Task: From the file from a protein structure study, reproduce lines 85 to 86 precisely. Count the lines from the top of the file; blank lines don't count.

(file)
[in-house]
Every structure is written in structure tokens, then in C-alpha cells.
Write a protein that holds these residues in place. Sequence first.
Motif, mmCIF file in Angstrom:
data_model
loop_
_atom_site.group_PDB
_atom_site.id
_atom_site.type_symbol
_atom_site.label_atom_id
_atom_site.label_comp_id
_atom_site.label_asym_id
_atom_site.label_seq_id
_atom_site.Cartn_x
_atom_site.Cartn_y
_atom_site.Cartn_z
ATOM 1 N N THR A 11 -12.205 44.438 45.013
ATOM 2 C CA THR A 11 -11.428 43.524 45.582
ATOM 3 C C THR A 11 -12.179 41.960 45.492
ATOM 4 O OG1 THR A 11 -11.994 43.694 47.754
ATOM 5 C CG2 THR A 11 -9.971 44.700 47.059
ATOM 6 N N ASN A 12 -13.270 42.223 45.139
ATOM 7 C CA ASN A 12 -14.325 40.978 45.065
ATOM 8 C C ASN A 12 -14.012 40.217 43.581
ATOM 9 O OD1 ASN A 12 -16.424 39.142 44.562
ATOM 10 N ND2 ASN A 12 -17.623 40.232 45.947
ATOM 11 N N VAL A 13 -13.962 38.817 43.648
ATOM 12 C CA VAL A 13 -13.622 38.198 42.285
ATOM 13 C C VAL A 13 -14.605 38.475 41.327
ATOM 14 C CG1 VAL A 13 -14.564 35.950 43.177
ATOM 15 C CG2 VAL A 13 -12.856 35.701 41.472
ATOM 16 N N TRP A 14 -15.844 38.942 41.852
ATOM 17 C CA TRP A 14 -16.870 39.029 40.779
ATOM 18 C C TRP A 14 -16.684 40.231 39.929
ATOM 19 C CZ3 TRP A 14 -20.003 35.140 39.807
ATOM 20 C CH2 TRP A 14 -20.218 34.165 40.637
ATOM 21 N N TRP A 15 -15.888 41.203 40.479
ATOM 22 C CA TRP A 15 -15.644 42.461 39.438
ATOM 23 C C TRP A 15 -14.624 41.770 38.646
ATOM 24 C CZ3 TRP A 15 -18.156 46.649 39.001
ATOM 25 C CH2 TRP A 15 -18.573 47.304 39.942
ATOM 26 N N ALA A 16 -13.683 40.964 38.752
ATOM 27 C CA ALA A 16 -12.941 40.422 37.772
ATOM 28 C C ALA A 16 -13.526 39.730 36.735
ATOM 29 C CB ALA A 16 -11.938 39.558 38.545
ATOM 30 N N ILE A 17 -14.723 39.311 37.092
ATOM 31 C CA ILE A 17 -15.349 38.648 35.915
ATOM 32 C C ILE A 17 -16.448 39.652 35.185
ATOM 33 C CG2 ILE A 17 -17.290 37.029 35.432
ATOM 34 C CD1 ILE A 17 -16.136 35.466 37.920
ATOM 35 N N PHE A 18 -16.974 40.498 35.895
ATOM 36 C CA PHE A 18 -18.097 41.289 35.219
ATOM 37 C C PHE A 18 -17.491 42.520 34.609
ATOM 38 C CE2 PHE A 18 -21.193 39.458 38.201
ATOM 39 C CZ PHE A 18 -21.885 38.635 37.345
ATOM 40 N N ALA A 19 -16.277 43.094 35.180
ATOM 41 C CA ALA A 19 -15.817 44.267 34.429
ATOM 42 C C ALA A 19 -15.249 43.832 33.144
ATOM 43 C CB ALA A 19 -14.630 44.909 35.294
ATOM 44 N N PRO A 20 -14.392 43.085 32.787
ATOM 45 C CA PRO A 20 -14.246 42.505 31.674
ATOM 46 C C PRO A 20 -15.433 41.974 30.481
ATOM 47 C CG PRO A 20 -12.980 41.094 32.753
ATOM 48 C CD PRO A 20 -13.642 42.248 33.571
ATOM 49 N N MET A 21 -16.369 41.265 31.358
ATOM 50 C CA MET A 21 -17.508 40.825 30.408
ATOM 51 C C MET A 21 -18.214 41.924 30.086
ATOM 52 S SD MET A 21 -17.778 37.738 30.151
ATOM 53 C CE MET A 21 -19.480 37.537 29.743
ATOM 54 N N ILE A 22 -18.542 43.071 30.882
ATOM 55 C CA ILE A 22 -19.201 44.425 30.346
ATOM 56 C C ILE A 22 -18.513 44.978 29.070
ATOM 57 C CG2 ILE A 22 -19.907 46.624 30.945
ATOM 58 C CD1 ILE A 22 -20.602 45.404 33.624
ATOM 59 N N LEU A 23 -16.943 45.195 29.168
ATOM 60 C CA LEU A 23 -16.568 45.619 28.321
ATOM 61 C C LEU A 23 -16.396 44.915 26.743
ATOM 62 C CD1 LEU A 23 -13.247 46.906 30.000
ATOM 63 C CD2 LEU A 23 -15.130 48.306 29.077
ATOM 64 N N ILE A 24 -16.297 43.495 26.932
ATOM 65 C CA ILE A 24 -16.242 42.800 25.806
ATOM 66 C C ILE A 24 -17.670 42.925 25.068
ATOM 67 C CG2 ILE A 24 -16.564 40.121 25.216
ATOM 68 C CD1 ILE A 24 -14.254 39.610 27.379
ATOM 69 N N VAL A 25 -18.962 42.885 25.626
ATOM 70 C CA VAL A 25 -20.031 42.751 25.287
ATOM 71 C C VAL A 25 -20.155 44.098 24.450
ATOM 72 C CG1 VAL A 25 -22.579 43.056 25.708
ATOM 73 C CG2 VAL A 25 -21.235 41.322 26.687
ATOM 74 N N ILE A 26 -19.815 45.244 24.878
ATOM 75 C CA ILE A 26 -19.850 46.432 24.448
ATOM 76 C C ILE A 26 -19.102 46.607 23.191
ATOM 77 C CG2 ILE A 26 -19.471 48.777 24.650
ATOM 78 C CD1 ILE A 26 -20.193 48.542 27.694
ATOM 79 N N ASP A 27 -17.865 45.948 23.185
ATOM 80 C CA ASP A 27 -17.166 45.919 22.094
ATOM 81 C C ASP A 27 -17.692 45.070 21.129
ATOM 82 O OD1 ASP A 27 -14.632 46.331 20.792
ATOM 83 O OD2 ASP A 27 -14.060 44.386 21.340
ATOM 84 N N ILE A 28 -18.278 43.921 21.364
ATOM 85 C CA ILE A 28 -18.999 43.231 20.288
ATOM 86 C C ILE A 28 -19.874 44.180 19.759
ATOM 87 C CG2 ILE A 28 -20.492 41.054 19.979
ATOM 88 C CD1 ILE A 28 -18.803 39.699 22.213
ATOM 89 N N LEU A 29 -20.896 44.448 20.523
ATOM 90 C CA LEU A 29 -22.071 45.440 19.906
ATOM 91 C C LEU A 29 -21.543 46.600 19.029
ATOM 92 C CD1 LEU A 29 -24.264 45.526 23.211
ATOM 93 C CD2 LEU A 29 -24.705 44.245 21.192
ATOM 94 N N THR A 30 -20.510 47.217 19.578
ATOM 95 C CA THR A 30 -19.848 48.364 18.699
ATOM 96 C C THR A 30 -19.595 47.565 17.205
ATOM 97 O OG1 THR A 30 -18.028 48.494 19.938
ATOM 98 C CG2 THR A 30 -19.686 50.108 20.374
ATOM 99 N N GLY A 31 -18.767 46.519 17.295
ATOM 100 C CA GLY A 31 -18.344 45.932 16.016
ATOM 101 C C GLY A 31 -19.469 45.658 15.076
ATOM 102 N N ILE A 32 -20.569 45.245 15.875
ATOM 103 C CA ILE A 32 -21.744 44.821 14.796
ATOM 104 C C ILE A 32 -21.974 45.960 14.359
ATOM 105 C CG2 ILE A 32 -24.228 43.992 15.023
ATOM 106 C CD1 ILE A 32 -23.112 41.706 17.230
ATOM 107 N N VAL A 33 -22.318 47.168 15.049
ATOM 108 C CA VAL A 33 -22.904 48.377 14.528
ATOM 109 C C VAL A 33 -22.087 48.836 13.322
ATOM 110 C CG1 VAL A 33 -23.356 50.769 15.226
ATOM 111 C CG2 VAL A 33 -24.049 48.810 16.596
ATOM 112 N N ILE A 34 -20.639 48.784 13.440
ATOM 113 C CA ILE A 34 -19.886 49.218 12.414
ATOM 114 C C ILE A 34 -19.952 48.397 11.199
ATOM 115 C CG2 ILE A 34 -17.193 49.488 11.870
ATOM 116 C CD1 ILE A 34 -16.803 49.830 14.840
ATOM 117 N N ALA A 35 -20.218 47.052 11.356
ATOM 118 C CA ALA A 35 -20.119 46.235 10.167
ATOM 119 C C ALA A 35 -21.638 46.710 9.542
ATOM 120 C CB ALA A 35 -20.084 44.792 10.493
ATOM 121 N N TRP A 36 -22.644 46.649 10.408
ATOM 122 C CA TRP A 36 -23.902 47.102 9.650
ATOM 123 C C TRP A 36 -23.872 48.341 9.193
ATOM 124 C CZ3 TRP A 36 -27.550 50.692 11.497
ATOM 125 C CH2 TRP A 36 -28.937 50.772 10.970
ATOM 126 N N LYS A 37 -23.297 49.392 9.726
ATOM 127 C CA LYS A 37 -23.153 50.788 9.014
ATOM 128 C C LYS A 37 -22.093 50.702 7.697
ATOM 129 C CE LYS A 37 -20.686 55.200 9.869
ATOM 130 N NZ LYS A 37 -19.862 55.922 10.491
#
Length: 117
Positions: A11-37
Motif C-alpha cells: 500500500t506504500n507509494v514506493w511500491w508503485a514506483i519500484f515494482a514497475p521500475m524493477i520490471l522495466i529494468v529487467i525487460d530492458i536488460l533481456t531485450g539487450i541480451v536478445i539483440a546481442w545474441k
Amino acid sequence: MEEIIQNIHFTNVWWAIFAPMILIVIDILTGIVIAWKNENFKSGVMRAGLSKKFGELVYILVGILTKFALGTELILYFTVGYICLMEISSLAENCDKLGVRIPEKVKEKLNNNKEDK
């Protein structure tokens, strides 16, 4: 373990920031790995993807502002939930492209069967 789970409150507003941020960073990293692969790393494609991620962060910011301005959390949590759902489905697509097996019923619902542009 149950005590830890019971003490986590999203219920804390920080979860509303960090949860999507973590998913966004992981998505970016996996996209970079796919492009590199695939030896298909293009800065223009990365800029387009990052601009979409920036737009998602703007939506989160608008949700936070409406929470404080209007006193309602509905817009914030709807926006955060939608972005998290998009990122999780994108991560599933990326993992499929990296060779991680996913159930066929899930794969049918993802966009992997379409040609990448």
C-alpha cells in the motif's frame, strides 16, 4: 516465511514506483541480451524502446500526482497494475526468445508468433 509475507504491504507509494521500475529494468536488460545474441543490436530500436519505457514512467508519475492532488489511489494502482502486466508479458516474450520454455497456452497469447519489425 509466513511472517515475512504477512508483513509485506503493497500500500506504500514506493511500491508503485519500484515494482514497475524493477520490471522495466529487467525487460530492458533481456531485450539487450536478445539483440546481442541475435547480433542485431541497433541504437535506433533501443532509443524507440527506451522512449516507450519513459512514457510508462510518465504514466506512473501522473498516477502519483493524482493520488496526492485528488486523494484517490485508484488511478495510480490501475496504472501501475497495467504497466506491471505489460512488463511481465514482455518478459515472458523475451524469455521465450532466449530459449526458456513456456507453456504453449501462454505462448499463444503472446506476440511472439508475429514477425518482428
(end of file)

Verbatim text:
ATOM 69 N N VAL A 25 -18.962 42.885 25.626
ATOM 70 C CA VAL A 25 -20.031 42.751 25.287